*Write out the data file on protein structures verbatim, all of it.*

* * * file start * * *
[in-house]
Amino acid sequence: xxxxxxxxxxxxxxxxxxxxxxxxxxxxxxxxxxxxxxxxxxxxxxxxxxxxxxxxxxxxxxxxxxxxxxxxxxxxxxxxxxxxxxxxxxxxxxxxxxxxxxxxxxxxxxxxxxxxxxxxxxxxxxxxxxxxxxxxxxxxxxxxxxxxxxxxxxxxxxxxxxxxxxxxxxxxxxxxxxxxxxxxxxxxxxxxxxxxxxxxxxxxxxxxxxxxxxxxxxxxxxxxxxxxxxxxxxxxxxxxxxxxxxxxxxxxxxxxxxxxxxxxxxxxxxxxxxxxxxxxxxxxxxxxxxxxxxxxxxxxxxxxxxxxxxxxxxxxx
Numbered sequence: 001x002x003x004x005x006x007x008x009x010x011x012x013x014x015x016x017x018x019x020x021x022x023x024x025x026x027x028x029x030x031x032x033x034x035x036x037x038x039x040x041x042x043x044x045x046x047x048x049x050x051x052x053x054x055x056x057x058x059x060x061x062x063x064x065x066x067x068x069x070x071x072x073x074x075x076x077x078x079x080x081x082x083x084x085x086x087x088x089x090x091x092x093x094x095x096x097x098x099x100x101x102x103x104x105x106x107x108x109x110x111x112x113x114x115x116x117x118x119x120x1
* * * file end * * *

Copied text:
[in-house]
Amino acid sequence: xxxxxxxxxxxxxxxxxxxxxxxxxxxxxxxxxxxxxxxxxxxxxxxxxxxxxxxxxxxxxxxxxxxxxxxxxxxxxxxxxxxxxxxxxxxxxxxxxxxxxxxxxxxxxxxxxxxxxxxxxxxxxxxxxxxxxxxxxxxxxxxxxxxxxxxxxxxxxxxxxxxxxxxxxxxxxxxxxxxxxxxxxxxxxxxxxxxxxxxxxxxxxxxxxxxxxxxxxxxxxxxxxxxxxxxxxxxxxxxxxxxxxxxxxxxxxxxxxxxxxxxxxxxxxxxxxxxxxxxxxxxxxxxxxxxxxxxxxxxxxxxxxxxxxxxxxxxxx
Numbered sequence: 001x002x003x004x005x006x007x008x009x010x011x012x013x014x015x016x017x018x019x020x021x022x023x024x025x026x027x028x029x030x031x032x033x034x035x036x037x038x039x040x041x042x043x044x045x046x047x048x049x050x051x052x053x054x055x056x057x058x059x060x061x062x063x064x065x066x067x068x069x070x071x072x073x074x075x076x077x078x079x080x081x082x083x084x085x086x087x088x089x090x091x092x093x094x095x096x097x098x099x100x101x102x103x104x105x106x107x108x109x110x111x112x113x114x115x116x117x118x119x120x1